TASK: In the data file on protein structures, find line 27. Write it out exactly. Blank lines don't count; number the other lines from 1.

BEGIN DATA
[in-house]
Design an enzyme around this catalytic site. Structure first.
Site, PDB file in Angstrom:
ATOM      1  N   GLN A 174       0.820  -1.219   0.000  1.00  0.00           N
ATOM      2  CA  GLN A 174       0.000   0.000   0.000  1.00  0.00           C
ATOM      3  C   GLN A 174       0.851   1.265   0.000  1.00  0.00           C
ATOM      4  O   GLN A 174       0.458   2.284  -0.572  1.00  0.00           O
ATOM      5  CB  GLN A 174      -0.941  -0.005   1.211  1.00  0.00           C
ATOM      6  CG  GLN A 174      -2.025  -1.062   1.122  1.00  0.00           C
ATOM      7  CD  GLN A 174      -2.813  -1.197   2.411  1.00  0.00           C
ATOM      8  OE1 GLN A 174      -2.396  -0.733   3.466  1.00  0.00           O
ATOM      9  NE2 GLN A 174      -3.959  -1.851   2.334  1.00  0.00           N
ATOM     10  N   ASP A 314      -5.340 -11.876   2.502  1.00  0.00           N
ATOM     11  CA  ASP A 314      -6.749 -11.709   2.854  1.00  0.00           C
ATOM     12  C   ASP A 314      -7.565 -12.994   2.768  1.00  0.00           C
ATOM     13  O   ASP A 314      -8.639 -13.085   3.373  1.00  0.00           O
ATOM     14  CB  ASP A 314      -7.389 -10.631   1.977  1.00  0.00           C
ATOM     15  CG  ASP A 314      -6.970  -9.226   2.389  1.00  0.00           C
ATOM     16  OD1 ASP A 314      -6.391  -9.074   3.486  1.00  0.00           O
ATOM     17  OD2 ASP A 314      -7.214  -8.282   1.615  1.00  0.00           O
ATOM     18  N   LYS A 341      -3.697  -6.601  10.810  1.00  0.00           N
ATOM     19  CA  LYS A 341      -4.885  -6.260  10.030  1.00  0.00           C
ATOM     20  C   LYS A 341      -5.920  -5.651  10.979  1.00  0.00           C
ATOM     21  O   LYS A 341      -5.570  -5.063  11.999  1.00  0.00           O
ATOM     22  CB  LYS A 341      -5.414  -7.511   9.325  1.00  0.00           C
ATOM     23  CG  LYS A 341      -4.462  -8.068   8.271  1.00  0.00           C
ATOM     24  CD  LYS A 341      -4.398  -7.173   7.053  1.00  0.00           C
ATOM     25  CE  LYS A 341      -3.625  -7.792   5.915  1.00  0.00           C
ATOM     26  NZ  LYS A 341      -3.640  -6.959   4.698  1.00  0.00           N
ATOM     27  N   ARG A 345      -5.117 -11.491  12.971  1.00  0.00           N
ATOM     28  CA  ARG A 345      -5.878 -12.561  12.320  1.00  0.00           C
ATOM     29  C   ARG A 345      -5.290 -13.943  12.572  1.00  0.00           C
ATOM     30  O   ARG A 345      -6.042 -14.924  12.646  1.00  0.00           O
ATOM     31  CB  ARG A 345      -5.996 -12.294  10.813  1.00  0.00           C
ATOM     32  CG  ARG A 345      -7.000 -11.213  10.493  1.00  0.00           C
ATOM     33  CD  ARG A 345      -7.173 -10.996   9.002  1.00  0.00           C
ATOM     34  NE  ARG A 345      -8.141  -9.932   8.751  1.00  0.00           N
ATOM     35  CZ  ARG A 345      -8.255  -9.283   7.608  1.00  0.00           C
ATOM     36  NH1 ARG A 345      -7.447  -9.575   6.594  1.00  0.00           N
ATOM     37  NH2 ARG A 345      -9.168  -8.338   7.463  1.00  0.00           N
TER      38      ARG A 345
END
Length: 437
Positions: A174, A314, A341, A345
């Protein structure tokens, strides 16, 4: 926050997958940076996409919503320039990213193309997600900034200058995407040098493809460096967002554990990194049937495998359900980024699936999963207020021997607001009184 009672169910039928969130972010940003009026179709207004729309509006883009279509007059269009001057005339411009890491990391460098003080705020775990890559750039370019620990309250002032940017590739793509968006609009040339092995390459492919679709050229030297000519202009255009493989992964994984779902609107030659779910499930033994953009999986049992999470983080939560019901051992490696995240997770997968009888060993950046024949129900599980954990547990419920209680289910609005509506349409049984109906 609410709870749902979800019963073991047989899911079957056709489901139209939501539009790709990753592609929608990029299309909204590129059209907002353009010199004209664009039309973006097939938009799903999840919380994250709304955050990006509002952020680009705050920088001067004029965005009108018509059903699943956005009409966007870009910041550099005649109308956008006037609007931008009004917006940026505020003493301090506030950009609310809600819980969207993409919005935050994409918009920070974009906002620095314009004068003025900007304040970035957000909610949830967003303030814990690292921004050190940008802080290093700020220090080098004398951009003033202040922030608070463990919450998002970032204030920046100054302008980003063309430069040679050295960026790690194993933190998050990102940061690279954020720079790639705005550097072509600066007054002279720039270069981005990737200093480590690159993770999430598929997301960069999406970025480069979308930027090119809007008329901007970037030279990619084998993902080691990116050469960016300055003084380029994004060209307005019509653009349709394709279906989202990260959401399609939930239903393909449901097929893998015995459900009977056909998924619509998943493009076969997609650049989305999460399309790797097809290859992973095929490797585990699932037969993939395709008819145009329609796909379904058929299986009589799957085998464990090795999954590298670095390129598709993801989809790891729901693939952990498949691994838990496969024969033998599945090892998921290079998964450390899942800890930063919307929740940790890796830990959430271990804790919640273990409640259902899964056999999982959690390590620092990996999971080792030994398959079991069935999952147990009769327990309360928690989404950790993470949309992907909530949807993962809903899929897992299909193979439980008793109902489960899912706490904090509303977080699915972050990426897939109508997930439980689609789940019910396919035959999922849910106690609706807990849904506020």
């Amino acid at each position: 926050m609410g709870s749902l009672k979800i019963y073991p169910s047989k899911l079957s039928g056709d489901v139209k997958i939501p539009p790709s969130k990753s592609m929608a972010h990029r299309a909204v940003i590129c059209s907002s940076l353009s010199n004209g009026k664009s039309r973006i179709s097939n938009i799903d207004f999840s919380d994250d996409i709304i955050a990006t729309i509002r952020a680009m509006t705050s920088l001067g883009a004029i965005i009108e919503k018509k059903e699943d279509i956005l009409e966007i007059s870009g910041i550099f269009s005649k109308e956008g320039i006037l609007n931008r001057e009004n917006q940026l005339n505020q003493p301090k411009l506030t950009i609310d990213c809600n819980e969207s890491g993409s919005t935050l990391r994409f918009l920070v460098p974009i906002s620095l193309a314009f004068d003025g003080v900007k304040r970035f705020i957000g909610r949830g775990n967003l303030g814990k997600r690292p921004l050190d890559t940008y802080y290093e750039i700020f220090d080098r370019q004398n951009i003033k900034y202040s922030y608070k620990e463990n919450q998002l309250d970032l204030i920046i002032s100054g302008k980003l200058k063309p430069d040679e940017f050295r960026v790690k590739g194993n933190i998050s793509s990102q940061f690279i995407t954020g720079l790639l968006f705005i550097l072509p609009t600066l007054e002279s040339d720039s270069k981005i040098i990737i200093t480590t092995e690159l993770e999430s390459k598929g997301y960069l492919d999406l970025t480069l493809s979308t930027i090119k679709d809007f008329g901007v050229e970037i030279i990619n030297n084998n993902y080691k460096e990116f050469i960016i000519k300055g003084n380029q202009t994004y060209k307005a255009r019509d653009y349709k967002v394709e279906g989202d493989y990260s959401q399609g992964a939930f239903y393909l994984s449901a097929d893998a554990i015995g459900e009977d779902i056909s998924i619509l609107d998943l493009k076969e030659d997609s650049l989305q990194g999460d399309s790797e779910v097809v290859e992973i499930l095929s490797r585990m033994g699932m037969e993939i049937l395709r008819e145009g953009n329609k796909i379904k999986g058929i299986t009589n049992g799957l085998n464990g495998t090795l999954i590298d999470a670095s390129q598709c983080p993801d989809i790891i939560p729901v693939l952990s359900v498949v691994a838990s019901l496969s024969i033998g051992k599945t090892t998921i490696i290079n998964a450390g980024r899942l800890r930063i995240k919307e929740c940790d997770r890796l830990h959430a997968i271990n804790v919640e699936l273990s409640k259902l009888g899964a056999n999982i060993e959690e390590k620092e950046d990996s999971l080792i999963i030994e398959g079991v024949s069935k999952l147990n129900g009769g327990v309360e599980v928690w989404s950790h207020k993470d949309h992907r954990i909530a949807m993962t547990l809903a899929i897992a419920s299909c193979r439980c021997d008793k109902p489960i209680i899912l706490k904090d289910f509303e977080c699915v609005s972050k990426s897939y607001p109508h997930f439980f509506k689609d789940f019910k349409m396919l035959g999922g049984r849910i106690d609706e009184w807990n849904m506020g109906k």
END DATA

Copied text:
ATOM     24  CD  LYS A 341      -4.398  -7.173   7.053  1.00  0.00           C